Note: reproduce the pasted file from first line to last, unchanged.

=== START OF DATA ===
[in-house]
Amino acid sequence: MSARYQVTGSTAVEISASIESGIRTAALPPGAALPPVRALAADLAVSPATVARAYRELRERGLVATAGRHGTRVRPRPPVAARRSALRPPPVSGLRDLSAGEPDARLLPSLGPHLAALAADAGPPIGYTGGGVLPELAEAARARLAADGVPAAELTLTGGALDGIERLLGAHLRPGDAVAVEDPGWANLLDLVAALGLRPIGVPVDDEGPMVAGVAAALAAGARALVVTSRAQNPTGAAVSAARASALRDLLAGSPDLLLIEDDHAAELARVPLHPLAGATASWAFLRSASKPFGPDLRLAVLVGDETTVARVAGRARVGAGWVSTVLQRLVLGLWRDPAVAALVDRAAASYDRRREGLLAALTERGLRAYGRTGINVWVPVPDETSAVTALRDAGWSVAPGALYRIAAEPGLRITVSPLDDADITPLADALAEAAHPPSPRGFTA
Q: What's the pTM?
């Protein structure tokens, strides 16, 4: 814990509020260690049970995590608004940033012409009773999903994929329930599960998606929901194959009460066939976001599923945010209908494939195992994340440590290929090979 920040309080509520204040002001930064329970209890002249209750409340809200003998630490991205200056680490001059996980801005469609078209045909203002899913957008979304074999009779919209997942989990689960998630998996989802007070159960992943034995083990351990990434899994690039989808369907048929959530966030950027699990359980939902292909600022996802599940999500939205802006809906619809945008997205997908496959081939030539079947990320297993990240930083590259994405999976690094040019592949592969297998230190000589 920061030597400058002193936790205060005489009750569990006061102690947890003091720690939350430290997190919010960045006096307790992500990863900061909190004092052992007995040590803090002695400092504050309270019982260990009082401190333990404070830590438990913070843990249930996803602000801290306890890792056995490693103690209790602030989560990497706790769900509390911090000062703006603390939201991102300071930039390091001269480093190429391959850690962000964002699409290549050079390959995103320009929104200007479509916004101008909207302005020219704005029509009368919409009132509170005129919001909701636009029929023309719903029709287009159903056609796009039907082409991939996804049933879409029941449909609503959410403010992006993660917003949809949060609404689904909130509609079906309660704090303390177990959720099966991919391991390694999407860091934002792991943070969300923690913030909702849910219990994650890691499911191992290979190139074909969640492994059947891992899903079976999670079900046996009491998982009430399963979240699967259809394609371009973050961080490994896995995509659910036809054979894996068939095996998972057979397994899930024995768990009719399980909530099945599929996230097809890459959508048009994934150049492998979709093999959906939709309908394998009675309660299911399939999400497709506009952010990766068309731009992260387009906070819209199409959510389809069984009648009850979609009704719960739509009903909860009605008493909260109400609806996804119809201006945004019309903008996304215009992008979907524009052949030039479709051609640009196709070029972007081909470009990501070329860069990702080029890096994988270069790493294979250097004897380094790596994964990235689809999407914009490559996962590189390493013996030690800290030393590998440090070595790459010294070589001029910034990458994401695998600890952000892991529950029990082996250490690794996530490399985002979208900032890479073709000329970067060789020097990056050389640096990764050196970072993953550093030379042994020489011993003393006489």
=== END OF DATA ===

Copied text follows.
[in-house]
Amino acid sequence: MSARYQVTGSTAVEISASIESGIRTAALPPGAALPPVRALAADLAVSPATVARAYRELRERGLVATAGRHGTRVRPRPPVAARRSALRPPPVSGLRDLSAGEPDARLLPSLGPHLAALAADAGPPIGYTGGGVLPELAEAARARLAADGVPAAELTLTGGALDGIERLLGAHLRPGDAVAVEDPGWANLLDLVAALGLRPIGVPVDDEGPMVAGVAAALAAGARALVVTSRAQNPTGAAVSAARASALRDLLAGSPDLLLIEDDHAAELARVPLHPLAGATASWAFLRSASKPFGPDLRLAVLVGDETTVARVAGRARVGAGWVSTVLQRLVLGLWRDPAVAALVDRAAASYDRRREGLLAALTERGLRAYGRTGINVWVPVPDETSAVTALRDAGWSVAPGALYRIAAEPGLRITVSPLDDADITPLADALAEAAHPPSPRGFTA
Q: What's the pTM?
């Protein structure tokens, strides 16, 4: 814990509020260690049970995590608004940033012409009773999903994929329930599960998606929901194959009460066939976001599923945010209908494939195992994340440590290929090979 920040309080509520204040002001930064329970209890002249209750409340809200003998630490991205200056680490001059996980801005469609078209045909203002899913957008979304074999009779919209997942989990689960998630998996989802007070159960992943034995083990351990990434899994690039989808369907048929959530966030950027699990359980939902292909600022996802599940999500939205802006809906619809945008997205997908496959081939030539079947990320297993990240930083590259994405999976690094040019592949592969297998230190000589 920061030597400058002193936790205060005489009750569990006061102690947890003091720690939350430290997190919010960045006096307790992500990863900061909190004092052992007995040590803090002695400092504050309270019982260990009082401190333990404070830590438990913070843990249930996803602000801290306890890792056995490693103690209790602030989560990497706790769900509390911090000062703006603390939201991102300071930039390091001269480093190429391959850690962000964002699409290549050079390959995103320009929104200007479509916004101008909207302005020219704005029509009368919409009132509170005129919001909701636009029929023309719903029709287009159903056609796009039907082409991939996804049933879409029941449909609503959410403010992006993660917003949809949060609404689904909130509609079906309660704090303390177990959720099966991919391991390694999407860091934002792991943070969300923690913030909702849910219990994650890691499911191992290979190139074909969640492994059947891992899903079976999670079900046996009491998982009430399963979240699967259809394609371009973050961080490994896995995509659910036809054979894996068939095996998972057979397994899930024995768990009719399980909530099945599929996230097809890459959508048009994934150049492998979709093999959906939709309908394998009675309660299911399939999400497709506009952010990766068309731009992260387009906070819209199409959510389809069984009648009850979609009704719960739509009903909860009605008493909260109400609806996804119809201006945004019309903008996304215009992008979907524009052949030039479709051609640009196709070029972007081909470009990501070329860069990702080029890096994988270069790493294979250097004897380094790596994964990235689809999407914009490559996962590189390493013996030690800290030393590998440090070595790459010294070589001029910034990458994401695998600890952000892991529950029990082996250490690794996530490399985002979208900032890479073709000329970067060789020097990056050389640096990764050196970072993953550093030379042994020489011993003393006489």